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Downtown, Cairo, Egypt.
Felfela: Traditional and Tasty Egyptian
If you’re looking for a flavourful, traditional several-course Egyptian meal that won’t cost you an arm and a leg but is nonetheless a step above most hole-in-the-wall eateries in the area, Felfela’s sit-down restaurant is the place to go. The perfect spot for those that appreciate a diverse menu in a casual atmosphere, Felfela is often dismissed as a tourist haunt by many but nothing beats its quality food and very reasonable prices.
Step inside away from the hustle and bustle of Downtown Cairo and you’re bound to start chanting ‘Serenity Now’ like it’s your mantra. The interior has bubbling fish tanks on one side of the entrance, and a comfortable dining area made of dark wood and an ornately carved wooden ceiling. Large, potted hanging plants are arranged throughout the venue, and for some odd reason a life-size wooden statue greets visitors at the door; it seems a bit silly but still makes for a charming atmosphere.
It’s best to stick to the basics at Felfela. Ordering any combination of oriental salads is a great way to whet your appetite; and the baba ghanoug and tehina dishes are especially delicious. Different kinds of bread tend to be served on each visit; so it’s recommended that you request your preferred kind, whether it’s soft pita, baladi or toast. The waiters are happy to warm the dipping bread for you if you ask.
In general, the service is good; though it slows to a near halt whenever the restaurant traffic gets heavy.
If you want to play it safe, hamburgers and some pasta dishes are available but undoubtedly the best dishes are the foul Eskanderani (Alexandria-style fava beans), kebda Eskanderani (Alexandria-style liver) and last, but certainly not least, the molokheya or ‘green mallow stew’, as the menu reads. The latter is thick, slightly sticky and compliments a simple plate of rice, French fries or chicken. The tagine dishes are also worth trying; they’re more Egyptian than Moroccan cuisine but nonetheless tasty. Beware of the foul with tehina, though; previous diners have found that the tehina drowns the foul’s flavour. A small selection of beer and wine is also available with your meal.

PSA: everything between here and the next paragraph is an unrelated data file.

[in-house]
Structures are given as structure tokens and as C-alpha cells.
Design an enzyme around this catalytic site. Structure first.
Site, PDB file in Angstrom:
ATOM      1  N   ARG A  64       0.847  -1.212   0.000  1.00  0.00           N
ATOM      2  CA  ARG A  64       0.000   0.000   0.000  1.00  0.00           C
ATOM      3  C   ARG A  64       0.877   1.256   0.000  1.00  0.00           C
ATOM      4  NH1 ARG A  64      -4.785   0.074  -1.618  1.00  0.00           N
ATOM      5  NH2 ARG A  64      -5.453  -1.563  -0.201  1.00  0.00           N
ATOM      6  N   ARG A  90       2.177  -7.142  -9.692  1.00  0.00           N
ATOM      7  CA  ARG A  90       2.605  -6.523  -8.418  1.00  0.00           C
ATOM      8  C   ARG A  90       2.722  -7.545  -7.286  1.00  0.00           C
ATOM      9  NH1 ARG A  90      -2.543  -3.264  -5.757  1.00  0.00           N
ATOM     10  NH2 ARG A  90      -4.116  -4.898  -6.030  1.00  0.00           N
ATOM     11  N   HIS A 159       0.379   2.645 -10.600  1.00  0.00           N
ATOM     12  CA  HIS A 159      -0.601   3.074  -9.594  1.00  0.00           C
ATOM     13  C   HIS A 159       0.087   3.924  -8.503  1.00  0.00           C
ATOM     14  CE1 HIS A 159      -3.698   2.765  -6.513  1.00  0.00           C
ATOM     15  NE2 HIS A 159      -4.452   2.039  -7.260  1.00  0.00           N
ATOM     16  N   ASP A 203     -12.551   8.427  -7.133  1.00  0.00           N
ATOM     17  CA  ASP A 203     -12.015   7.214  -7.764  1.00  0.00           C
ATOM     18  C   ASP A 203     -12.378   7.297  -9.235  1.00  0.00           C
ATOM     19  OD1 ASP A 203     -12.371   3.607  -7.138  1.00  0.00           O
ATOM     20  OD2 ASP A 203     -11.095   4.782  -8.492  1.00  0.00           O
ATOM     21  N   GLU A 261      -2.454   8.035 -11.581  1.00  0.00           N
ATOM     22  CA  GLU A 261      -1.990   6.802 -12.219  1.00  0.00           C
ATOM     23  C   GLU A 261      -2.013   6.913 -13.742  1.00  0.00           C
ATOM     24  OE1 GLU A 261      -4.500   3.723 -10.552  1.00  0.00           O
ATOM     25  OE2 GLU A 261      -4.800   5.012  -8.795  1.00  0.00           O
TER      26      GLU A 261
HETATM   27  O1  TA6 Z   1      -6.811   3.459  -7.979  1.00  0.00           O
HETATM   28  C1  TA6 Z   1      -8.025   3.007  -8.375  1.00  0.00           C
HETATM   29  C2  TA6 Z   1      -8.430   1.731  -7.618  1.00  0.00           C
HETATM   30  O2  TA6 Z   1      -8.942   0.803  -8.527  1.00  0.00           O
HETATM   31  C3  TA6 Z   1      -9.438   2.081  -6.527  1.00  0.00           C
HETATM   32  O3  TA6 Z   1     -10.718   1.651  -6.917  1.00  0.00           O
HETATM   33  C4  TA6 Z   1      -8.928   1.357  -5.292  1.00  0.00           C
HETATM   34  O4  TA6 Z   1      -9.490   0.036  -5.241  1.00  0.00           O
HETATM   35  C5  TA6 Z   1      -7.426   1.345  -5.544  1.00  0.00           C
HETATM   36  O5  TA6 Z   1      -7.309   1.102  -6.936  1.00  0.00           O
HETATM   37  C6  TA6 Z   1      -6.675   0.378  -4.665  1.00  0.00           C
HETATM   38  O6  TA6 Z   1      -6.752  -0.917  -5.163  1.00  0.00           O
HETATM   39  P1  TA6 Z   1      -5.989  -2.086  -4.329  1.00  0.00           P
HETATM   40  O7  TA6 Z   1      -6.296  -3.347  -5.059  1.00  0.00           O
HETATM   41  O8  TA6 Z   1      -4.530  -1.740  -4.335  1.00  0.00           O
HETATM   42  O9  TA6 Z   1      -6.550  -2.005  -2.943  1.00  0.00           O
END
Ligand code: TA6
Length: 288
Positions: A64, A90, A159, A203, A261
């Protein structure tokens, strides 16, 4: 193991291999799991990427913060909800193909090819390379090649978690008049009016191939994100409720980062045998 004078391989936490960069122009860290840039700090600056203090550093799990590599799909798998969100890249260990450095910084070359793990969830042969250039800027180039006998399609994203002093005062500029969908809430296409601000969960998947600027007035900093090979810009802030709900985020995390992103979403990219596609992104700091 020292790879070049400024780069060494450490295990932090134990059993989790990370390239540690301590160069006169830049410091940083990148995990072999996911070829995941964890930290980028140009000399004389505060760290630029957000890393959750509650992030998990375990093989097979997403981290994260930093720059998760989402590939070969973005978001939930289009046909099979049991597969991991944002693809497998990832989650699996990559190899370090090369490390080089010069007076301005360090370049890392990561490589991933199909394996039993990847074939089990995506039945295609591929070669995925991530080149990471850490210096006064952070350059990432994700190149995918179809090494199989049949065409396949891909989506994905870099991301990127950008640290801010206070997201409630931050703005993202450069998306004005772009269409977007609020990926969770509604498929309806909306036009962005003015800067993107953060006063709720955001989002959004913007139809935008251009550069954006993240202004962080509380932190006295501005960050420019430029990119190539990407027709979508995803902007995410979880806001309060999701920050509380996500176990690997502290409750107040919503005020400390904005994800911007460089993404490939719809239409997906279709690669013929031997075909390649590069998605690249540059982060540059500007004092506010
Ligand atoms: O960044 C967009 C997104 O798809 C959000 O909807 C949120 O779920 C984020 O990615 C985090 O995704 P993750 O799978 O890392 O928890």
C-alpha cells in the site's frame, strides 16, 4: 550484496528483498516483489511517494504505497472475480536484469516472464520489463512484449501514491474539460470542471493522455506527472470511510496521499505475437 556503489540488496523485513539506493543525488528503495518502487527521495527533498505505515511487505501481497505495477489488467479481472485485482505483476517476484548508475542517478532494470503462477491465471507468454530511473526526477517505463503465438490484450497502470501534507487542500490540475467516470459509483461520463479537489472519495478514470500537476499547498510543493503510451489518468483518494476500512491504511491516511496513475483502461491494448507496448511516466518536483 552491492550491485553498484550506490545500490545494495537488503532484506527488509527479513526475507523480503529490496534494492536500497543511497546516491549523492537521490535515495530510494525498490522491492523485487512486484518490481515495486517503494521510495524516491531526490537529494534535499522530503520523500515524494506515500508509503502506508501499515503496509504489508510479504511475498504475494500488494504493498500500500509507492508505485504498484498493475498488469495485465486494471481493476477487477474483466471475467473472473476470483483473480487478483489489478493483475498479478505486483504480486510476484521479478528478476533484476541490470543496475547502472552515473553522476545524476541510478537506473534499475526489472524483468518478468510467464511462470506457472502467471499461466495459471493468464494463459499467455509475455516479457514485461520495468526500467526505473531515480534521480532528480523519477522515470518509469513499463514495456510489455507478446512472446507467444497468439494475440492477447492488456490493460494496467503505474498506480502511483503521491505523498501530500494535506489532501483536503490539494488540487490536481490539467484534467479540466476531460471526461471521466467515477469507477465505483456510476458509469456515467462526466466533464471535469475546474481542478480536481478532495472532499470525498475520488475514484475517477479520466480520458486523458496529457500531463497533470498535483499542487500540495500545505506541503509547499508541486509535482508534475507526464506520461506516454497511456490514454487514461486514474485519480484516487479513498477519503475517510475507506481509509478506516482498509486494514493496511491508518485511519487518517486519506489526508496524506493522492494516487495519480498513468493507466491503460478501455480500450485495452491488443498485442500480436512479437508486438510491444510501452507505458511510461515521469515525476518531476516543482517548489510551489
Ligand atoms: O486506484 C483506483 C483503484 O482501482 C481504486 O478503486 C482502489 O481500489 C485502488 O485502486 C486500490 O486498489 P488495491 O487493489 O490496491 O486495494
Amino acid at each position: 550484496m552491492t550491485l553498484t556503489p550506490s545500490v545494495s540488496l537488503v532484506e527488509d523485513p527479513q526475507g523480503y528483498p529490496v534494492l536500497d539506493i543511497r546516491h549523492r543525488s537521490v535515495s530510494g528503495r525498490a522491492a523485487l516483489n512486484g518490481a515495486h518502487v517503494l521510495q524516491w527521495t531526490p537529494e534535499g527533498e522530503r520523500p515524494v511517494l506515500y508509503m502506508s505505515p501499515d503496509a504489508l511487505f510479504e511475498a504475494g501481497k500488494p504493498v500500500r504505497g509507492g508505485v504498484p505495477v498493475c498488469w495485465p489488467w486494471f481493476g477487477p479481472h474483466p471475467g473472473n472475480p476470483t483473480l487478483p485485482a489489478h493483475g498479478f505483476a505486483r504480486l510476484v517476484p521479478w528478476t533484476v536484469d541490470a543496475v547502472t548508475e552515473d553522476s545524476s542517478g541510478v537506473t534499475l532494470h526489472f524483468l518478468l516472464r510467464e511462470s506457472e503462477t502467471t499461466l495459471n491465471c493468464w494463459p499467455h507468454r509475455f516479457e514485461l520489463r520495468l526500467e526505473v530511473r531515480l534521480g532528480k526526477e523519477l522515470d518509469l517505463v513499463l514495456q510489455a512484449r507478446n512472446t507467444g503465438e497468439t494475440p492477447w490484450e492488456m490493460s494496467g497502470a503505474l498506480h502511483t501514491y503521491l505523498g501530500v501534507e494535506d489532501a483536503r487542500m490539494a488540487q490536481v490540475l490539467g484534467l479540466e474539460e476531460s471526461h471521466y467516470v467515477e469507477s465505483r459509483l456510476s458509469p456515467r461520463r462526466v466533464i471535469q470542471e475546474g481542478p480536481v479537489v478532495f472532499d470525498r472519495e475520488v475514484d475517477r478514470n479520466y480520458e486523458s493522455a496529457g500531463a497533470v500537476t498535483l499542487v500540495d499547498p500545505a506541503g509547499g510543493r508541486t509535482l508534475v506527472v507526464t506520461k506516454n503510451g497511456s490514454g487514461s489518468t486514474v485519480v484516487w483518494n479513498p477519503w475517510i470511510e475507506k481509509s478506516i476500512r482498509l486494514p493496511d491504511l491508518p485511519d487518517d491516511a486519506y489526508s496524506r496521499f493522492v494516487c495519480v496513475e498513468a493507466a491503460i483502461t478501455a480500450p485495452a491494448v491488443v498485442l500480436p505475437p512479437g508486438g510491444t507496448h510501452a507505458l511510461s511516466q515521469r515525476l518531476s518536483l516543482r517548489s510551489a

It may be known as a tourist attraction, but Felfela does offer a solid meal and a nice option for some sit-down foul and taameya.
There’s a divide between Cairenes when it comes to eating traditional Egyptian cart/street food in more upscale restaurants. Some feel the cart food should be reserved for the cart, where it is delicious and cheap but questionable in nutrition and, well, cleanliness, while others prefer paying a little extra for a watered down, but more, let’s say, hygienic, version of the same dish.
The grey area in between the two is one that left many restaurants out of business. Generally because the upper scale restaurants just can’t get the likes of liver and hawawshi to taste as good.
Working to change this perception, however, is Baladi. Expanding from its original branch on El Marghany Street in Heliopolis, Baladi now operates in the Cilantro Garden on Road 9 in Maadi. The garden itself is a comfortable open courtyard with metal tables and chairs.
As we found ourselves a vacant table, the waiter greeted us with the menu. Said menu is simple and straightforward, offering Alexandrian Liver and Grilled Liver, Sogok, Hawawshi and Herring sandwiches. The menu also functions as a checklist, which you mark and then hand it back to the waiter.
We opted for Hawawshi (15LE), Alexandrian Sogok (10LE) and Alexandrian Liver (9LE).
Our food was served very promptly and with the diluted versions of these dishes having disappointed us at ‘balady-chic’ restaurants in more upscale neighbourhoods before, we feared the worst. Luckily, and gladly, we were proven, though.
The Hawawshi, a full loaf of baladi bread stuffed with spiced minced meat and bell peppers, was the biggest surprise; with a decent meat-to-bread ration, well-seasoned meat an just the right amount of moist, the loaf was generally very satisfying in both flavour and portion size.
The Alexandrian Liver was also a success. Similarly decent in size and spiced and seasoned well – and complimented with chilli and pepper – the Liver passed in the flavour department as well.
The disappointment was the Alexandrian Sogok, primarily because it was cut up hotdogs and not actually the sogok – or what some might call Oriental sausage. This couldn’t have been a mistake, though, as none of the items on the menu feature hotdogs, and although it was once again seasoned well, it just wasn’t what was advertised in the menu.
Despite, this we were generally pleased with what came out of the kitchen at Baladi. The food was both tasty and clean, which seldom occurs with this kind ‘cuisine.’ The waiters were all-around pleasant and the prices are decent for the quality.